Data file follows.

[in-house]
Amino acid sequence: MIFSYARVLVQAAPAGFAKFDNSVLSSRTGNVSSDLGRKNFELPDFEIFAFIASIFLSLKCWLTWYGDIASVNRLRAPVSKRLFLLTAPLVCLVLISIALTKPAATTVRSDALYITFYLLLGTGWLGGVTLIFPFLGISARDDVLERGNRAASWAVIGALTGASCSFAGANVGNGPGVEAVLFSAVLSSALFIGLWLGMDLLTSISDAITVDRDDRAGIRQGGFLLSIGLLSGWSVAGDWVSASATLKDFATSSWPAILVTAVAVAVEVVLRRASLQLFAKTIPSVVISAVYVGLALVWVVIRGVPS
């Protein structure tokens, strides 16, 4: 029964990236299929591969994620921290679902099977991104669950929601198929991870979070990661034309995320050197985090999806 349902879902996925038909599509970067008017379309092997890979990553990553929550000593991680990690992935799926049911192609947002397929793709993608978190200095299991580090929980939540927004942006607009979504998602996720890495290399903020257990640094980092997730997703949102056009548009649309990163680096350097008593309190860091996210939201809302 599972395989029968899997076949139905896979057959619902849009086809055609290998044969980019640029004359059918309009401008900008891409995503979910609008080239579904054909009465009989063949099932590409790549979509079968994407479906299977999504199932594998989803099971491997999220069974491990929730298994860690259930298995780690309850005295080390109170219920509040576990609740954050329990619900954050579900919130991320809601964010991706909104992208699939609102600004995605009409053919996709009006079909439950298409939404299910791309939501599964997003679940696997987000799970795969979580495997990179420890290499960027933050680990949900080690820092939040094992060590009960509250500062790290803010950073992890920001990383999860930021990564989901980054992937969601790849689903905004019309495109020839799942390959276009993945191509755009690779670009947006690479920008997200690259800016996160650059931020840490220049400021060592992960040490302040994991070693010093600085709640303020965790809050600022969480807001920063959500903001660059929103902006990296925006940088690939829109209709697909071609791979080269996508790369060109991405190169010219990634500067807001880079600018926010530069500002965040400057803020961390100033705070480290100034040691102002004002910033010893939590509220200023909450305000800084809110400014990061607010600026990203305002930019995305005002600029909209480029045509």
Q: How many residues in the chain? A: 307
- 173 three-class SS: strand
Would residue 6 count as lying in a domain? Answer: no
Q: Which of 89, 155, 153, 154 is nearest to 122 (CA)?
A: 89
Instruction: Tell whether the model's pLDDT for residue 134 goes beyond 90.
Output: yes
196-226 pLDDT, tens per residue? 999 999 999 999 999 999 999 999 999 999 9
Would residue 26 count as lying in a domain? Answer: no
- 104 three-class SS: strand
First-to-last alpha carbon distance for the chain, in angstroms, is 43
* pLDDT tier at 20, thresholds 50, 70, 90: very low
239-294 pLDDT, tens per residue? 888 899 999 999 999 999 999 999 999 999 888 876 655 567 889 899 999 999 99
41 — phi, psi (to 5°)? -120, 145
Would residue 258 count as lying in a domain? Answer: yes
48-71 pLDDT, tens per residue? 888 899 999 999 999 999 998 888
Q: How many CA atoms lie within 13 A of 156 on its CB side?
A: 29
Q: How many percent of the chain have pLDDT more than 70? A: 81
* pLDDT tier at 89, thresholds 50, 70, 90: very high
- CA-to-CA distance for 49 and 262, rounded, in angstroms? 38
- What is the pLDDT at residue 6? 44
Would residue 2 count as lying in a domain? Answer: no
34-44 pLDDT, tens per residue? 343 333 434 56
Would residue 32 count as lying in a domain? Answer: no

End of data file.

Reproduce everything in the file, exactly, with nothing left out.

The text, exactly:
[in-house]
Amino acid sequence: MIFSYARVLVQAAPAGFAKFDNSVLSSRTGNVSSDLGRKNFELPDFEIFAFIASIFLSLKCWLTWYGDIASVNRLRAPVSKRLFLLTAPLVCLVLISIALTKPAATTVRSDALYITFYLLLGTGWLGGVTLIFPFLGISARDDVLERGNRAASWAVIGALTGASCSFAGANVGNGPGVEAVLFSAVLSSALFIGLWLGMDLLTSISDAITVDRDDRAGIRQGGFLLSIGLLSGWSVAGDWVSASATLKDFATSSWPAILVTAVAVAVEVVLRRASLQLFAKTIPSVVISAVYVGLALVWVVIRGVPS
């Protein structure tokens, strides 16, 4: 029964990236299929591969994620921290679902099977991104669950929601198929991870979070990661034309995320050197985090999806 349902879902996925038909599509970067008017379309092997890979990553990553929550000593991680990690992935799926049911192609947002397929793709993608978190200095299991580090929980939540927004942006607009979504998602996720890495290399903020257990640094980092997730997703949102056009548009649309990163680096350097008593309190860091996210939201809302 599972395989029968899997076949139905896979057959619902849009086809055609290998044969980019640029004359059918309009401008900008891409995503979910609008080239579904054909009465009989063949099932590409790549979509079968994407479906299977999504199932594998989803099971491997999220069974491990929730298994860690259930298995780690309850005295080390109170219920509040576990609740954050329990619900954050579900919130991320809601964010991706909104992208699939609102600004995605009409053919996709009006079909439950298409939404299910791309939501599964997003679940696997987000799970795969979580495997990179420890290499960027933050680990949900080690820092939040094992060590009960509250500062790290803010950073992890920001990383999860930021990564989901980054992937969601790849689903905004019309495109020839799942390959276009993945191509755009690779670009947006690479920008997200690259800016996160650059931020840490220049400021060592992960040490302040994991070693010093600085709640303020965790809050600022969480807001920063959500903001660059929103902006990296925006940088690939829109209709697909071609791979080269996508790369060109991405190169010219990634500067807001880079600018926010530069500002965040400057803020961390100033705070480290100034040691102002004002910033010893939590509220200023909450305000800084809110400014990061607010600026990203305002930019995305005002600029909209480029045509």
Q: How many residues in the chain? A: 307
- 173 three-class SS: strand
Would residue 6 count as lying in a domain? Answer: no
Q: Which of 89, 155, 153, 154 is nearest to 122 (CA)?
A: 89
Instruction: Tell whether the model's pLDDT for residue 134 goes beyond 90.
Output: yes
196-226 pLDDT, tens per residue? 999 999 999 999 999 999 999 999 999 999 9
Would residue 26 count as lying in a domain? Answer: no
- 104 three-class SS: strand
First-to-last alpha carbon distance for the chain, in angstroms, is 43
* pLDDT tier at 20, thresholds 50, 70, 90: very low
239-294 pLDDT, tens per residue? 888 899 999 999 999 999 999 999 999 999 888 876 655 567 889 899 999 999 99
41 — phi, psi (to 5°)? -120, 145
Would residue 258 count as lying in a domain? Answer: yes
48-71 pLDDT, tens per residue? 888 899 999 999 999 999 998 888
Q: How many CA atoms lie within 13 A of 156 on its CB side?
A: 29
Q: How many percent of the chain have pLDDT more than 70? A: 81
* pLDDT tier at 89, thresholds 50, 70, 90: very high
- CA-to-CA distance for 49 and 262, rounded, in angstroms? 38
- What is the pLDDT at residue 6? 44
Would residue 2 count as lying in a domain? Answer: no
34-44 pLDDT, tens per residue? 343 333 434 56
Would residue 32 count as lying in a domain? Answer: no